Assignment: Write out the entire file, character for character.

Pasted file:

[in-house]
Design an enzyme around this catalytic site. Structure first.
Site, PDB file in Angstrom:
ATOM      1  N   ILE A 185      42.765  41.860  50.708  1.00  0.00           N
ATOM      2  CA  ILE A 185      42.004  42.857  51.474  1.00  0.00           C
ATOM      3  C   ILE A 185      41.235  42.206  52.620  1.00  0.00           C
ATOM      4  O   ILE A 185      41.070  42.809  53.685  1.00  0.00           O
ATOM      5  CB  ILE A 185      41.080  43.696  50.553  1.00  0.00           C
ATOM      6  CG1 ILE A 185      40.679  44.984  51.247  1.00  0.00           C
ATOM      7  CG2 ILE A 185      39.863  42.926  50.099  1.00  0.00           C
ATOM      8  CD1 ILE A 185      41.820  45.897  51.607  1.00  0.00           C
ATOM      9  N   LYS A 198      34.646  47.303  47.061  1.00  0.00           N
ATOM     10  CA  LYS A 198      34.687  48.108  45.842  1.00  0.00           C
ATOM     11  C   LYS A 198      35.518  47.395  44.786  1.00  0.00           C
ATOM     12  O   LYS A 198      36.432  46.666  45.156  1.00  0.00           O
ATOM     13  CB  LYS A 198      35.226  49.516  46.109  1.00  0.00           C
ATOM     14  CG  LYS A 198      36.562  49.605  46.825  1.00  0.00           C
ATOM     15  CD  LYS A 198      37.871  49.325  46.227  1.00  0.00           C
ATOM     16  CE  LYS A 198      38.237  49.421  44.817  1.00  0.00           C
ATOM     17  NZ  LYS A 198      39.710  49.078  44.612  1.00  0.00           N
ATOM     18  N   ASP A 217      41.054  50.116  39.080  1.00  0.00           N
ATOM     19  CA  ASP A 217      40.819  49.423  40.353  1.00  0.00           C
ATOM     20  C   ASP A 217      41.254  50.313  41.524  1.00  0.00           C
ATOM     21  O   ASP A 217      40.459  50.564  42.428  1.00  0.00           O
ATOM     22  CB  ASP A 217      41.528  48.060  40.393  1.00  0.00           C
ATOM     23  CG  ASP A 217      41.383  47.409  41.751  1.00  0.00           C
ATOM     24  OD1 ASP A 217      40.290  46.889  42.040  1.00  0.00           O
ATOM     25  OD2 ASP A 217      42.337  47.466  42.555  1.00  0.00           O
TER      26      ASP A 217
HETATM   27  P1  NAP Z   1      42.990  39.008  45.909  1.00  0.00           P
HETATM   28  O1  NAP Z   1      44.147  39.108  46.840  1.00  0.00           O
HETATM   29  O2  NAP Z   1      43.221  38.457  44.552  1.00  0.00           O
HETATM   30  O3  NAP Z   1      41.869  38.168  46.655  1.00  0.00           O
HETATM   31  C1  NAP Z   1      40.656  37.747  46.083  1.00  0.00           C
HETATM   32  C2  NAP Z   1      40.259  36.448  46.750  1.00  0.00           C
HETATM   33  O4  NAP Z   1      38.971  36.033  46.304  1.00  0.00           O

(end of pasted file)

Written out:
[in-house]
Design an enzyme around this catalytic site. Structure first.
Site, PDB file in Angstrom:
ATOM      1  N   ILE A 185      42.765  41.860  50.708  1.00  0.00           N
ATOM      2  CA  ILE A 185      42.004  42.857  51.474  1.00  0.00           C
ATOM      3  C   ILE A 185      41.235  42.206  52.620  1.00  0.00           C
ATOM      4  O   ILE A 185      41.070  42.809  53.685  1.00  0.00           O
ATOM      5  CB  ILE A 185      41.080  43.696  50.553  1.00  0.00           C
ATOM      6  CG1 ILE A 185      40.679  44.984  51.247  1.00  0.00           C
ATOM      7  CG2 ILE A 185      39.863  42.926  50.099  1.00  0.00           C
ATOM      8  CD1 ILE A 185      41.820  45.897  51.607  1.00  0.00           C
ATOM      9  N   LYS A 198      34.646  47.303  47.061  1.00  0.00           N
ATOM     10  CA  LYS A 198      34.687  48.108  45.842  1.00  0.00           C
ATOM     11  C   LYS A 198      35.518  47.395  44.786  1.00  0.00           C
ATOM     12  O   LYS A 198      36.432  46.666  45.156  1.00  0.00           O
ATOM     13  CB  LYS A 198      35.226  49.516  46.109  1.00  0.00           C
ATOM     14  CG  LYS A 198      36.562  49.605  46.825  1.00  0.00           C
ATOM     15  CD  LYS A 198      37.871  49.325  46.227  1.00  0.00           C
ATOM     16  CE  LYS A 198      38.237  49.421  44.817  1.00  0.00           C
ATOM     17  NZ  LYS A 198      39.710  49.078  44.612  1.00  0.00           N
ATOM     18  N   ASP A 217      41.054  50.116  39.080  1.00  0.00           N
ATOM     19  CA  ASP A 217      40.819  49.423  40.353  1.00  0.00           C
ATOM     20  C   ASP A 217      41.254  50.313  41.524  1.00  0.00           C
ATOM     21  O   ASP A 217      40.459  50.564  42.428  1.00  0.00           O
ATOM     22  CB  ASP A 217      41.528  48.060  40.393  1.00  0.00           C
ATOM     23  CG  ASP A 217      41.383  47.409  41.751  1.00  0.00           C
ATOM     24  OD1 ASP A 217      40.290  46.889  42.040  1.00  0.00           O
ATOM     25  OD2 ASP A 217      42.337  47.466  42.555  1.00  0.00           O
TER      26      ASP A 217
HETATM   27  P1  NAP Z   1      42.990  39.008  45.909  1.00  0.00           P
HETATM   28  O1  NAP Z   1      44.147  39.108  46.840  1.00  0.00           O
HETATM   29  O2  NAP Z   1      43.221  38.457  44.552  1.00  0.00           O
HETATM   30  O3  NAP Z   1      41.869  38.168  46.655  1.00  0.00           O
HETATM   31  C1  NAP Z   1      40.656  37.747  46.083  1.00  0.00           C
HETATM   32  C2  NAP Z   1      40.259  36.448  46.750  1.00  0.00           C
HETATM   33  O4  NAP Z   1      38.971  36.033  46.304  1.00  0.00           O